“Find Your Story” is the theme of Frameline 36, this year’s edition of the San Francisco International LGBT Film Festival opening today and running through June 24, and attendees will have over 200 stories to choose from. Most will be new discoveries, of course, but Frameline, like other organizations this year, such as the UCLA Film & Television Archive and Outfest, is also marking the unofficial 20th anniversary of New Queer Cinema. “Unlike other film movements,” wrote Bright Lights Film Journal editor Gary Morris for GreenCine some time back, “this one had no manifesto, no rules and no particular canon, making it in essence not a movement or a genre but, perhaps more accurately, a trend.” But it was a trend with a catchy name, granted by B. Ruby Rich, who recently told Outfest “that a particular historic moment gave rise to the New Queer Cinema, a set of films that I tagged with that term in 1992. Trying to sort this out for my new book (Duke, 2013), I came up with four factors that were responsible for the NQC: AIDS, Reagan, the invention of camcorders, and cheap rent.”
Lynn Rapoport in the Bay Guardian: “In addition to presenting Rich with its annual Frameline Award, the fest has programmed a retrospective of four films that offer a sense of New Queer Cinema’s expansive scope and permeable borders: Alex Sichel’s dark-and-light, riot grrrl music-infused All Over Me (costarring a baby-faced Leisha Hailey from The L Word); Ana Kokkinos’s Head On (1998), about a reckless but closeted young man living in a tight-knit Greek Australian community; Gregg Araki’s violent, trashily romantic, HIV-inflected road movie The Living End (1992); and Cheryl Dunye’s experimental mix of documentary and dyke drama The Watermelon Woman (1996). (In 2012’s Mommy Is Coming, also screening, Dunye adds to the mix Berlin sex clubs, explicit taxicab-backseat role play, and a parent-child dynamic likely to leave you flinching in horror.)”
The SFBG is also running capsule previews of six features and Cheryl Eddy‘s overview of Frameline’s documentary slate. The Chronicle runs a dozen brief previews and notes that the festival is opening with Vito, “a documentary by Jeffrey Schwarz about gay activist ad film author Vito Russo, who wrote The Celluloid Closet and was a founding member of GLAAD and ACT UP…. The closing-night film is Thom Fitzgerald’s Cloudburst, a romantic comedy starring Olympia Dukakis and Brenda Fricker.” Randy Myers picks out five “must-sees” for the San Jose Mercury.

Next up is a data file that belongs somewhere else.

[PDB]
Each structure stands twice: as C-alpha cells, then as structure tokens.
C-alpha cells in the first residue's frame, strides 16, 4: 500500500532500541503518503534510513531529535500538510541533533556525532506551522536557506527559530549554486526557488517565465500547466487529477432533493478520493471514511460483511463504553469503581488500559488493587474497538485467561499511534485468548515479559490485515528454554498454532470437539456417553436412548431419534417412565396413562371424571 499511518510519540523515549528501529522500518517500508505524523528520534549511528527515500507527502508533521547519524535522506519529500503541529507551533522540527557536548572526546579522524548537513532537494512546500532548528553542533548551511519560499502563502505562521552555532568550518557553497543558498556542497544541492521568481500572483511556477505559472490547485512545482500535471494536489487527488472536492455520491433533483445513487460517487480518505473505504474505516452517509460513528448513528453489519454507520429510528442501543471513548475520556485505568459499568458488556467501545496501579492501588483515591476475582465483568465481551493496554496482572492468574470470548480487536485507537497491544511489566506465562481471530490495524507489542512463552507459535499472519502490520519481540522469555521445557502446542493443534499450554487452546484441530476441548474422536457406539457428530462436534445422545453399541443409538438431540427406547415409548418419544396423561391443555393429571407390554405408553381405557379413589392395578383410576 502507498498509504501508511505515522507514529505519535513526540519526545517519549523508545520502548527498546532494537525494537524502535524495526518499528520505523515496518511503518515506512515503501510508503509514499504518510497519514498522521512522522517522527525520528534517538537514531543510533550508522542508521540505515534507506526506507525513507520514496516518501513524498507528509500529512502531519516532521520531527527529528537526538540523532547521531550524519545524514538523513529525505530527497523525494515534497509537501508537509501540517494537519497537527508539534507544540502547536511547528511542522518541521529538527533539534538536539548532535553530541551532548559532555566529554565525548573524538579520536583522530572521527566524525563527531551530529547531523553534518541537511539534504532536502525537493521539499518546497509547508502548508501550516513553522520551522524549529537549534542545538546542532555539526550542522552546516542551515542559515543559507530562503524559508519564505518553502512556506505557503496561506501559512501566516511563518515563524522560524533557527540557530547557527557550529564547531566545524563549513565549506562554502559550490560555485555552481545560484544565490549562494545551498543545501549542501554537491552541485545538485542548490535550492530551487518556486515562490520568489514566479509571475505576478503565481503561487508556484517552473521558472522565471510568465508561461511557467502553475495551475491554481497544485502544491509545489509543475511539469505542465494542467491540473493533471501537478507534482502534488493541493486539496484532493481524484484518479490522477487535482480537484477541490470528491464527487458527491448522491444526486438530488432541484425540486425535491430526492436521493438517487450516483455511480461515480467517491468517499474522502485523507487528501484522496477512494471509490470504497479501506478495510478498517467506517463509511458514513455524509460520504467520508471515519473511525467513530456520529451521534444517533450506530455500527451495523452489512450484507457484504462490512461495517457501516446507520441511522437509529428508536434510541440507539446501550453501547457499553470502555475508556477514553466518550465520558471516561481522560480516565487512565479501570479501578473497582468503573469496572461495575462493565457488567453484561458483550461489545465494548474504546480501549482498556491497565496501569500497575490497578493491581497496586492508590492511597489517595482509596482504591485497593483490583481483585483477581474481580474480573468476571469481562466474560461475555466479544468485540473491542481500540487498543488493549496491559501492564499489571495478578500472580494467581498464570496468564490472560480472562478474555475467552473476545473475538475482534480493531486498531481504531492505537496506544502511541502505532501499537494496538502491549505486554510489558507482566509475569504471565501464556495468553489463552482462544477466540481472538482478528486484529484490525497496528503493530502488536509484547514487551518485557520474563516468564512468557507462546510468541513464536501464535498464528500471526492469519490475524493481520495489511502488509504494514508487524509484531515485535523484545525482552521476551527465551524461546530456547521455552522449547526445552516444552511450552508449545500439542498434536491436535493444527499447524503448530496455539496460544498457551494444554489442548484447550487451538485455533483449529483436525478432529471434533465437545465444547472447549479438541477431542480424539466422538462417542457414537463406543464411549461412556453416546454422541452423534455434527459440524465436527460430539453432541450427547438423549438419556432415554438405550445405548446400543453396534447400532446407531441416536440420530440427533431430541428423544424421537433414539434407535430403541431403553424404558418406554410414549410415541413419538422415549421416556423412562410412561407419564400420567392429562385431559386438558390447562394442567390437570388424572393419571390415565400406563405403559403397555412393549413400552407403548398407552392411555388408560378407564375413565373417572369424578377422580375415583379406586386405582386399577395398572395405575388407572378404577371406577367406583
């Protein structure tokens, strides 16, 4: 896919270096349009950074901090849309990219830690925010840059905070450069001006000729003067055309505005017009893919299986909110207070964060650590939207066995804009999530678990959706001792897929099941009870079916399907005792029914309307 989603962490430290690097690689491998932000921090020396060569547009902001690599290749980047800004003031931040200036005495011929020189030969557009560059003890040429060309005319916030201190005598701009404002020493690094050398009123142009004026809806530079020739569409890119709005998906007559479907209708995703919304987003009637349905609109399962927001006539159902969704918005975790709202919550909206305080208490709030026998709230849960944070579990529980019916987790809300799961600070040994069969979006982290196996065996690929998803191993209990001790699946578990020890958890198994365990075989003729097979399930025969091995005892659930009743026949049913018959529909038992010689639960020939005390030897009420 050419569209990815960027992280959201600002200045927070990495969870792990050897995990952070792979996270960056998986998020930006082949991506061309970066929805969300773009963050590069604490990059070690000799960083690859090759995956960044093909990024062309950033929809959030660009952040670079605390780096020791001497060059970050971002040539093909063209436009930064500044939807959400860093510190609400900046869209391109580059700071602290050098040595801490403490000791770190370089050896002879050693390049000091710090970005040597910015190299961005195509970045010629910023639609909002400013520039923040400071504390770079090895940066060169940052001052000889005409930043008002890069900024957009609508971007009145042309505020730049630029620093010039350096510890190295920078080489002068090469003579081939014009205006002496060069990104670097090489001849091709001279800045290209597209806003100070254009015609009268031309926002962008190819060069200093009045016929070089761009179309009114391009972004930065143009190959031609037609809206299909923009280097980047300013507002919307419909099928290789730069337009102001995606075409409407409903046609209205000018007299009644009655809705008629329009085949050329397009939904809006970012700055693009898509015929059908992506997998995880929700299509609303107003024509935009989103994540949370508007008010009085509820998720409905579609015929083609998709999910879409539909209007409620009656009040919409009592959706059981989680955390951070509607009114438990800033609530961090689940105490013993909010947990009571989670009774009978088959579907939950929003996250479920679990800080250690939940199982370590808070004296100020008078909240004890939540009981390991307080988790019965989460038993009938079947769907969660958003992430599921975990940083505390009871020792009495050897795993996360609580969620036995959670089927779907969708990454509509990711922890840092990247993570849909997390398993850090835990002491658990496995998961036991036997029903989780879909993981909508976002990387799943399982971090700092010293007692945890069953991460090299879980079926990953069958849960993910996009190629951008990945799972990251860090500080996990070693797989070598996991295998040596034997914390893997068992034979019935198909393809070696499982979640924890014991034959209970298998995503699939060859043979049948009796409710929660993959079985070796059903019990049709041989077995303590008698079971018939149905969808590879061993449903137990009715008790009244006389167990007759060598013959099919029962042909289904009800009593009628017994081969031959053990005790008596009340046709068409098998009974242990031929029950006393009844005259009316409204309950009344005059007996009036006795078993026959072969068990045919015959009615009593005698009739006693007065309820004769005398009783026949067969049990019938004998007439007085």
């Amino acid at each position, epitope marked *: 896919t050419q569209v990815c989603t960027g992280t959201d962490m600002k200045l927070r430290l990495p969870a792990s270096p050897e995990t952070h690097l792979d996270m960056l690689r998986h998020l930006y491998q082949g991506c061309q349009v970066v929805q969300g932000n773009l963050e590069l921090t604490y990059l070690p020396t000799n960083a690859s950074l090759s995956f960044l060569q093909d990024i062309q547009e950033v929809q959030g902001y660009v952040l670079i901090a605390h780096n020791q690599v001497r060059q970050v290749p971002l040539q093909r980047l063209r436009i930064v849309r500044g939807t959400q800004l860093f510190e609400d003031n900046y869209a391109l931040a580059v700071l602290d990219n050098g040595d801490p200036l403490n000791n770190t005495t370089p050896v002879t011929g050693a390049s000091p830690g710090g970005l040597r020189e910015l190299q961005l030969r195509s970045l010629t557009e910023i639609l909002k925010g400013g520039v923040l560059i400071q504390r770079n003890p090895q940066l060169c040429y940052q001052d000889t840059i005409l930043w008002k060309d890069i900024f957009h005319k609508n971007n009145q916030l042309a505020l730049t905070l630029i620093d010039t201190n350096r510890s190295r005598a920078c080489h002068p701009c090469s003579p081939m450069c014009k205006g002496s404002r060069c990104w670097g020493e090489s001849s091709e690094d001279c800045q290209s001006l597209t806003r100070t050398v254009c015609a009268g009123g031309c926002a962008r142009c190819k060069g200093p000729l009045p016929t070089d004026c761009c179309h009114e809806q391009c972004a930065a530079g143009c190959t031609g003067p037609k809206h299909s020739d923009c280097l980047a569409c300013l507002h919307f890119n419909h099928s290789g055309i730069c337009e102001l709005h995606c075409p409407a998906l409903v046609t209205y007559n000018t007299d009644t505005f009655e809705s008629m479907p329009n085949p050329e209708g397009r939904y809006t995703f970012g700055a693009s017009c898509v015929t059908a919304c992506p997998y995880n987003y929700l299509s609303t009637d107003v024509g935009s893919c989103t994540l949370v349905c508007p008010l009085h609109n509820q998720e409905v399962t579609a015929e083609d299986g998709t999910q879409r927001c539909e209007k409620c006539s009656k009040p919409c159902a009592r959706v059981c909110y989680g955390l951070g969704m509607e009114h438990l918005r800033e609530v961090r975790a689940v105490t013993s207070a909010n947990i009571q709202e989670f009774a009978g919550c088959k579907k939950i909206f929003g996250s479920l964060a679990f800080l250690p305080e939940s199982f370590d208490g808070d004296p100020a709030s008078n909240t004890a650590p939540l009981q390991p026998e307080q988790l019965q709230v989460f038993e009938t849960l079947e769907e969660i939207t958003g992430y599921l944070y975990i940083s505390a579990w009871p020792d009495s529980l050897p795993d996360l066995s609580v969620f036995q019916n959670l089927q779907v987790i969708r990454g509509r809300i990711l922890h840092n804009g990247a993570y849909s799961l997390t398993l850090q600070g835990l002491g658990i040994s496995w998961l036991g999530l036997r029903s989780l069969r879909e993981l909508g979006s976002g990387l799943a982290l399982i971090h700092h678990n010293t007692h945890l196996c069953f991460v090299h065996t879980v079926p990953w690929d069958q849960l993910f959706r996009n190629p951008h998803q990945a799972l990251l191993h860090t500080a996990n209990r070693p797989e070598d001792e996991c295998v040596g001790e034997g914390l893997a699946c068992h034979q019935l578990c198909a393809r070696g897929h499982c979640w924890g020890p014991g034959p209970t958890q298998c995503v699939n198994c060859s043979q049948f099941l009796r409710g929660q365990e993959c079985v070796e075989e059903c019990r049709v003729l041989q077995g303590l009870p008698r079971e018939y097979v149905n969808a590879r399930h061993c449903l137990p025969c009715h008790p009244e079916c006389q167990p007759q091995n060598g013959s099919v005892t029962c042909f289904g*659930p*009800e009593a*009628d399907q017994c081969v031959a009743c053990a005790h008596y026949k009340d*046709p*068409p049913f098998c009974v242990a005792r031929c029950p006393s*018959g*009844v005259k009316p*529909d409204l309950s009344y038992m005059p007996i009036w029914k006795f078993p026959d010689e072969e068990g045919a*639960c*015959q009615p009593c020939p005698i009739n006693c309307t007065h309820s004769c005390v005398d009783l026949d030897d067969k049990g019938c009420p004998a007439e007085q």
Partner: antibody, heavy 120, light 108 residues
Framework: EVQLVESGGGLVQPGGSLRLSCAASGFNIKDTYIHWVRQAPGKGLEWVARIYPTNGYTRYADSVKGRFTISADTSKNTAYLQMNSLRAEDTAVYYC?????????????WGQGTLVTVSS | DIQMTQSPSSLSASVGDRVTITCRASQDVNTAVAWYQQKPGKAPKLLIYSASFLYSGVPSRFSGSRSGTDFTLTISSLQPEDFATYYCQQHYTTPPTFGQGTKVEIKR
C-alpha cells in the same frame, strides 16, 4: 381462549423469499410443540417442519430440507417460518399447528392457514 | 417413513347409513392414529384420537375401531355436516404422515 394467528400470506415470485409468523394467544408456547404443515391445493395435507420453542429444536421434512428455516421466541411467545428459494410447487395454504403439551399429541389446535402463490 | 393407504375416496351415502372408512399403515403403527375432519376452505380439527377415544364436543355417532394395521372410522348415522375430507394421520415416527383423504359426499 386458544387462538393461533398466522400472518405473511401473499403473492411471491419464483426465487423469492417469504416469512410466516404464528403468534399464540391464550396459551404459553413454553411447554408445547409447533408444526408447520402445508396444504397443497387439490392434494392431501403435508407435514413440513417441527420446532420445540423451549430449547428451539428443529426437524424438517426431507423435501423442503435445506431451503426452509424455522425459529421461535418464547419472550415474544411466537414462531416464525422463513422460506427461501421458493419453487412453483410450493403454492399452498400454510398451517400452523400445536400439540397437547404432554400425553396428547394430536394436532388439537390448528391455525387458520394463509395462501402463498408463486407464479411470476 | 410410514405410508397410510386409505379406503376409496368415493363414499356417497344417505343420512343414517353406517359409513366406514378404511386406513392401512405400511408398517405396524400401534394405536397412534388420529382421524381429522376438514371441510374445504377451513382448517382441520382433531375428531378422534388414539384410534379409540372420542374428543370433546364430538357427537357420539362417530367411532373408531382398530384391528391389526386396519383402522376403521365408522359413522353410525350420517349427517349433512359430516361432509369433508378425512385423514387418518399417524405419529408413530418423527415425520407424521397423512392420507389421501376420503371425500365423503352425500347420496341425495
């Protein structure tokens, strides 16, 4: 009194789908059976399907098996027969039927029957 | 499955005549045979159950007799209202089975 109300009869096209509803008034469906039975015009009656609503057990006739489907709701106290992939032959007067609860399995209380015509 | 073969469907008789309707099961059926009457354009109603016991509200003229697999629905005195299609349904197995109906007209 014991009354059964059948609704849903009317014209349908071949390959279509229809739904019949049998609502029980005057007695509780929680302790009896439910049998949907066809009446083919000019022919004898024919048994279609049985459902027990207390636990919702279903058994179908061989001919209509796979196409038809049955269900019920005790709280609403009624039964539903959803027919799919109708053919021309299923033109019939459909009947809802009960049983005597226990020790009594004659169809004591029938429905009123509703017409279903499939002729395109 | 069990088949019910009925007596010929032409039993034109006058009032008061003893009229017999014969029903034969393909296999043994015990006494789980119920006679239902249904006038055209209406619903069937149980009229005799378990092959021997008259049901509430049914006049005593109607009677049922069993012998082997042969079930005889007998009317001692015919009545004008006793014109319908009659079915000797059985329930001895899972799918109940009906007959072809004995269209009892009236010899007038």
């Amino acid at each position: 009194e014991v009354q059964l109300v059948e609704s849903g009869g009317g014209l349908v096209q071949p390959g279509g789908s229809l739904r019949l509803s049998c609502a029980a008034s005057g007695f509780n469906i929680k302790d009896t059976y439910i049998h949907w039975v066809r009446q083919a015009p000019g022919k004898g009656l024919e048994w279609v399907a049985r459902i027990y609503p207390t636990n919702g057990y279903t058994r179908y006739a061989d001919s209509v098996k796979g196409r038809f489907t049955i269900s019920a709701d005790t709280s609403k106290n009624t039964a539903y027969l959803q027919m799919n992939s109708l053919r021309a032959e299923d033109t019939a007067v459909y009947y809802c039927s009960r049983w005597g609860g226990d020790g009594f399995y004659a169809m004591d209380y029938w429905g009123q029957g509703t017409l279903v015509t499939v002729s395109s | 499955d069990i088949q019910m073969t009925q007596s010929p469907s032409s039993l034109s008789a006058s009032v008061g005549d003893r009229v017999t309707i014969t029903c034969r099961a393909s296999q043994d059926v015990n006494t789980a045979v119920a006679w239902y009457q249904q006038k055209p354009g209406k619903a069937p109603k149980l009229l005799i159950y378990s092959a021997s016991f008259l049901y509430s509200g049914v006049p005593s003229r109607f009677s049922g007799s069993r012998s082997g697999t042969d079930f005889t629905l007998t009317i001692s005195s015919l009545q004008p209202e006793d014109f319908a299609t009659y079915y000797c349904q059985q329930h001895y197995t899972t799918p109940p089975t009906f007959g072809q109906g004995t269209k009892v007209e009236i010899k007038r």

Meantime, pro-Palestinian activists have been protesting the festival’s cooperation with the Jewish Community Federation of San Francisco. Heather Cassell has the full story in the Bay Area Reporter.
Update, 6/16: Michael Hawley‘s well-researched preview is quite extensive!
Update, 6/19: “Arthur Rimbaud and Antoine de Saint-Exupéry are the twin literary spirits guiding Matthew Mishory‘s debut feature Joshua Tree, 1951: A Portrait of James Dean (2012) [official site / Facebook]—Rimbaud as an introduction to fire, and Saint-Exupéry as the patron saint of puers.” Michael Guillén: “Like Saint-Exupéry’s Little Prince appearing and disappearing in the desert, Mishory’s homostylized take on Hollywood icon James Dean queers the archetype of Dean’s eternal youth, as imagined through his formative years at UCLA.”
Update, 6/22: Joshua Sanchez’s Four, adapted from the play by Pulitzer Prize finalist and Obie winner Christopher Shinn, “brightens the cinematic landscape with its eschewal of lazy softcore porn for an authentic and complex treatment of gay characters,” writes Michael Guillén, who also talks with Michael House about Revealing Mr. Maugham: “With earnest thoroughness, House recounts W. Somerset Maugham‘s fascinating literary career and reveals intriguing elements of his personal life that enrichen an appreciation of Maugham’s body of work.”